A Meaningful & Genuine Redundancy Process: Mogane v Bradford Teaching NHS Foundation Trust
Key Contact: Claire Knowles
Author: Laura Spence
The Employment Appeal Tribunal recently found that in the case of Mogane v Bradford Teaching NHS Foundation Trust, a case involving a nurse that was made redundant to combat financial difficulties of the Trust, was unfairly made redundant, highlighting the importance of a genuine and meaningful consultation for a redundancy process to be fair.
Ms Mogane and one of her colleagues carried out similar roles and were both employed on a series of fixed-term contracts. The Trust made the decision to make Ms Mogane redundant, on the basis that her contract was expiring sooner than her colleague’s. This placed the claimant into a pool of one, rather than including her colleague who had a sufficiently similar role and set of skills to be considered for redundancy alongside the claimant.
Ms Mogane was informed of the Trust’s decision that she was at risk of redundancy and subsequently, the period of consultation was commenced. An offer of suitable alternative employment followed but despite this effort, she was made redundant. Ms Mogane took this to a tribunal and after a failed unfair dismissal claim, she appealed with the EAT, which was found in her favour. The EAT concluded that she had been dismissed unfairly on the grounds that there had not been proper consultation. The EAT took the opportunity to highlight that consultation is a fundamental aspect of a fair redundancy procedure which applies equally to individual and collective redundancy situations.
The EAT found that a consultation that takes place before the employee has a chance to influence the decision could not be considered genuine and meaningful.
The EAT also noted that employers should not act arbitrarily between employees when deciding the selection criteria. In this case, pinpointing the claimant’s contract expiry date as the sole criterion was considered to be arbitrary and it was unreasonable to identify that criterion without consultation.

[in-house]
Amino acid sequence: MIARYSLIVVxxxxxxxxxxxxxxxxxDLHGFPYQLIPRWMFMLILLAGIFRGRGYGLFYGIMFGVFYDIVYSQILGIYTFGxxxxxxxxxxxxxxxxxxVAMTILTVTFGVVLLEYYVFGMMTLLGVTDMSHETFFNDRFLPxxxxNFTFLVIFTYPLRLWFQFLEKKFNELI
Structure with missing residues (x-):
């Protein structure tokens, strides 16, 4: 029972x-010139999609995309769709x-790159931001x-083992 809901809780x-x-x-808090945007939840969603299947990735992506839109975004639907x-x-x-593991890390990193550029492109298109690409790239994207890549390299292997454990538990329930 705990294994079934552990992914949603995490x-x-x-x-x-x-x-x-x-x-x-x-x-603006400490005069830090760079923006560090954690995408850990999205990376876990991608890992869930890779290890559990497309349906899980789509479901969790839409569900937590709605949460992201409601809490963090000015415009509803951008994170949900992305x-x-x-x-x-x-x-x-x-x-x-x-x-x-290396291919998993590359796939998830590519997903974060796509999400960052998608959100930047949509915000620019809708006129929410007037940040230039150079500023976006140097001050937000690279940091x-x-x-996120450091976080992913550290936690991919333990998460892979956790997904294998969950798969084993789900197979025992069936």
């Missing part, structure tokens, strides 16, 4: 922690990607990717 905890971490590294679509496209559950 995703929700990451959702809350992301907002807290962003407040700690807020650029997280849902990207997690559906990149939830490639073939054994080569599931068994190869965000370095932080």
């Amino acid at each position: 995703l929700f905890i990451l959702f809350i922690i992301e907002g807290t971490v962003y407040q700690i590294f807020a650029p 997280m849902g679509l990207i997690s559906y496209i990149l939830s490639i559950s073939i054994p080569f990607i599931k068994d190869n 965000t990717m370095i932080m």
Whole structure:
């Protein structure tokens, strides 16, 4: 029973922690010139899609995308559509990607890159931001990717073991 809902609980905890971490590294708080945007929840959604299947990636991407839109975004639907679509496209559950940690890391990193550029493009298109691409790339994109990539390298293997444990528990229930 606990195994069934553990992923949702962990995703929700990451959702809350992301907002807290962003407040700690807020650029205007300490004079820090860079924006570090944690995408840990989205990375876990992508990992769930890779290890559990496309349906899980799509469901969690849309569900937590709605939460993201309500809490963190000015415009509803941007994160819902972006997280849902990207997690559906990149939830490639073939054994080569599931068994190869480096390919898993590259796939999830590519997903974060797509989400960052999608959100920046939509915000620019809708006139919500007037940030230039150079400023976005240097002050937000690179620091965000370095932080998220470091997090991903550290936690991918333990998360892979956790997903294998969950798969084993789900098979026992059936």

Whilst clearly providing direction for single redundancy situations, this case also provides useful lessons for larger redundancy situations. Firstly, where there is more than 1 employee in a comparable role, pools of one employee should not be assumed unless proper prior consultation has led to such a pooling. Secondly, this consultation needs to take place early enough so that the employee(s) can potentially influence the outcome. In this case Ms Mogane was stripped of this chance. Lastly, arbitrary choices for pooling and selection may breach important implied terms of trust and confidence and, therefore, the rationale of the employer should always be explainable. In this case the employer failed to explain why the decision to dismiss Ms Mogane without consultation was reasonable. Going forwards, to minimise risk of breaching these terms, the EAT have effectively reminded us that employers should always practice a thorough and meaningful consultation process.
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